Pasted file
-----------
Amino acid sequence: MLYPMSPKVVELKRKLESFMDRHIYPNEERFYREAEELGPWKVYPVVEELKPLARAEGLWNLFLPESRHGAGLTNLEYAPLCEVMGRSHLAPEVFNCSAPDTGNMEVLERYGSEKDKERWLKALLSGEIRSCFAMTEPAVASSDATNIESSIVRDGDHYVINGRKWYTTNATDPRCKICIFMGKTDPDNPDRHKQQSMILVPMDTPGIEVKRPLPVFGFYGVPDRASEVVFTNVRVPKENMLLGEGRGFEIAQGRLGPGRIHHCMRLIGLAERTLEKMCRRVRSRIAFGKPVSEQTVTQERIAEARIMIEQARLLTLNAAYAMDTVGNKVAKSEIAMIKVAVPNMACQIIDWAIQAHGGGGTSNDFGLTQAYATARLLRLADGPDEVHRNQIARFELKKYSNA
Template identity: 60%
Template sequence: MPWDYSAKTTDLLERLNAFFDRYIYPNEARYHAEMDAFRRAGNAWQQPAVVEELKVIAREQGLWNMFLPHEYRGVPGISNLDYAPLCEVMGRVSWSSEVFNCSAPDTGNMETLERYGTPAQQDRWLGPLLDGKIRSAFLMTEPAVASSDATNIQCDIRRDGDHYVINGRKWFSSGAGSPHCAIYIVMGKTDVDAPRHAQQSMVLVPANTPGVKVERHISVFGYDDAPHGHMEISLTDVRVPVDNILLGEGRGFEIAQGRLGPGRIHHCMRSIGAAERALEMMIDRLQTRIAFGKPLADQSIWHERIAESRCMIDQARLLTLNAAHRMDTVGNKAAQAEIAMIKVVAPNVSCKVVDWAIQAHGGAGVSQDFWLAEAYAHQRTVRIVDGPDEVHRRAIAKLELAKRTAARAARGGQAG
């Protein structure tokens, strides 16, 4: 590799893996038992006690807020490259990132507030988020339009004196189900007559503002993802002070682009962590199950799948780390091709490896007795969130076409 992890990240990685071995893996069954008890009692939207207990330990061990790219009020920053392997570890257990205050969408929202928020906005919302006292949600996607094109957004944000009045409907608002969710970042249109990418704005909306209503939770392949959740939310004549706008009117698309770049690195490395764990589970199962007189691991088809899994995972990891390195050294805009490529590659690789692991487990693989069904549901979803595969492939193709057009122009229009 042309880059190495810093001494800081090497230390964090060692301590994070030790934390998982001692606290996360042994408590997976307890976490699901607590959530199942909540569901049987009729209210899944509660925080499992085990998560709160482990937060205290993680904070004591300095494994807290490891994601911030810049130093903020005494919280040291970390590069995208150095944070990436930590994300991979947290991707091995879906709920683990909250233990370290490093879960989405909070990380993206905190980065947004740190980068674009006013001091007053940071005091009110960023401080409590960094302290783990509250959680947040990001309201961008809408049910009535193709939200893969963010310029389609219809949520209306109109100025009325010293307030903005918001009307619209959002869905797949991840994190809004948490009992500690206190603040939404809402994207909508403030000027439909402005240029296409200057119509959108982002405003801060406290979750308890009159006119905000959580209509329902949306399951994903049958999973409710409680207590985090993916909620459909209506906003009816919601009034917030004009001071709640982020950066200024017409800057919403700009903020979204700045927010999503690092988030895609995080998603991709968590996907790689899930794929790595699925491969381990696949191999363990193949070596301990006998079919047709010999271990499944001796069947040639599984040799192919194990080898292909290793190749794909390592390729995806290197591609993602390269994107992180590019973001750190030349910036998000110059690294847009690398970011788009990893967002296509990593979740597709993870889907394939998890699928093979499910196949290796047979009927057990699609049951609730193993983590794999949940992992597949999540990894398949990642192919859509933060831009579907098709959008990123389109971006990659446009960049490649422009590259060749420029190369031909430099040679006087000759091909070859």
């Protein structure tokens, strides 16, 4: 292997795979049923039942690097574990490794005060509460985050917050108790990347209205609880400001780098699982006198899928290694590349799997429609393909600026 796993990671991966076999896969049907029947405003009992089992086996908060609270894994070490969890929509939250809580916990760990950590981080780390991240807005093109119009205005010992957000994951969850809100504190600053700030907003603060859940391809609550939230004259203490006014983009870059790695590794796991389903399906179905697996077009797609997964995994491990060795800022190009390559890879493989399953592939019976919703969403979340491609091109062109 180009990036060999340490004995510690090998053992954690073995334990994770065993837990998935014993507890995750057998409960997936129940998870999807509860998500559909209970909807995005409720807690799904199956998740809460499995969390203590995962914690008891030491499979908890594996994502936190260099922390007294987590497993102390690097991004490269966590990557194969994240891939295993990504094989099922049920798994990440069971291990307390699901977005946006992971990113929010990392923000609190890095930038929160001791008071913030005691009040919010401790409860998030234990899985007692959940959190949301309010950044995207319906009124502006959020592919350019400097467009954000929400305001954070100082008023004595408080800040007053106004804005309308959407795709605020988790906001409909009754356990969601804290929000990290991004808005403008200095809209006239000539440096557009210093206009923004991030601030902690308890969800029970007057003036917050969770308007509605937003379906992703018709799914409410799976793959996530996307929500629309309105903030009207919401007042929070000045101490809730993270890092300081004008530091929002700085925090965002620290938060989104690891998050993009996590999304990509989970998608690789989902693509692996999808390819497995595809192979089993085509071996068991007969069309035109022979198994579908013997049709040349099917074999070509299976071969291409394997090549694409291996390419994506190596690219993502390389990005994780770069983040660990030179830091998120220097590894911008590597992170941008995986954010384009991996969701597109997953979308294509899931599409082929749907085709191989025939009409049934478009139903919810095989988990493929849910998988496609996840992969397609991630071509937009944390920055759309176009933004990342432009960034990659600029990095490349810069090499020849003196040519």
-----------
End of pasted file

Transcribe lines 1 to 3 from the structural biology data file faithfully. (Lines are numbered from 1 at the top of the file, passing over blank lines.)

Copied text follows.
Amino acid sequence: MLYPMSPKVVELKRKLESFMDRHIYPNEERFYREAEELGPWKVYPVVEELKPLARAEGLWNLFLPESRHGAGLTNLEYAPLCEVMGRSHLAPEVFNCSAPDTGNMEVLERYGSEKDKERWLKALLSGEIRSCFAMTEPAVASSDATNIESSIVRDGDHYVINGRKWYTTNATDPRCKICIFMGKTDPDNPDRHKQQSMILVPMDTPGIEVKRPLPVFGFYGVPDRASEVVFTNVRVPKENMLLGEGRGFEIAQGRLGPGRIHHCMRLIGLAERTLEKMCRRVRSRIAFGKPVSEQTVTQERIAEARIMIEQARLLTLNAAYAMDTVGNKVAKSEIAMIKVAVPNMACQIIDWAIQAHGGGGTSNDFGLTQAYATARLLRLADGPDEVHRNQIARFELKKYSNA
Template identity: 60%
Template sequence: MPWDYSAKTTDLLERLNAFFDRYIYPNEARYHAEMDAFRRAGNAWQQPAVVEELKVIAREQGLWNMFLPHEYRGVPGISNLDYAPLCEVMGRVSWSSEVFNCSAPDTGNMETLERYGTPAQQDRWLGPLLDGKIRSAFLMTEPAVASSDATNIQCDIRRDGDHYVINGRKWFSSGAGSPHCAIYIVMGKTDVDAPRHAQQSMVLVPANTPGVKVERHISVFGYDDAPHGHMEISLTDVRVPVDNILLGEGRGFEIAQGRLGPGRIHHCMRSIGAAERALEMMIDRLQTRIAFGKPLADQSIWHERIAESRCMIDQARLLTLNAAHRMDTVGNKAAQAEIAMIKVVAPNVSCKVVDWAIQAHGGAGVSQDFWLAEAYAHQRTVRIVDGPDEVHRRAIAKLELAKRTAARAARGGQAG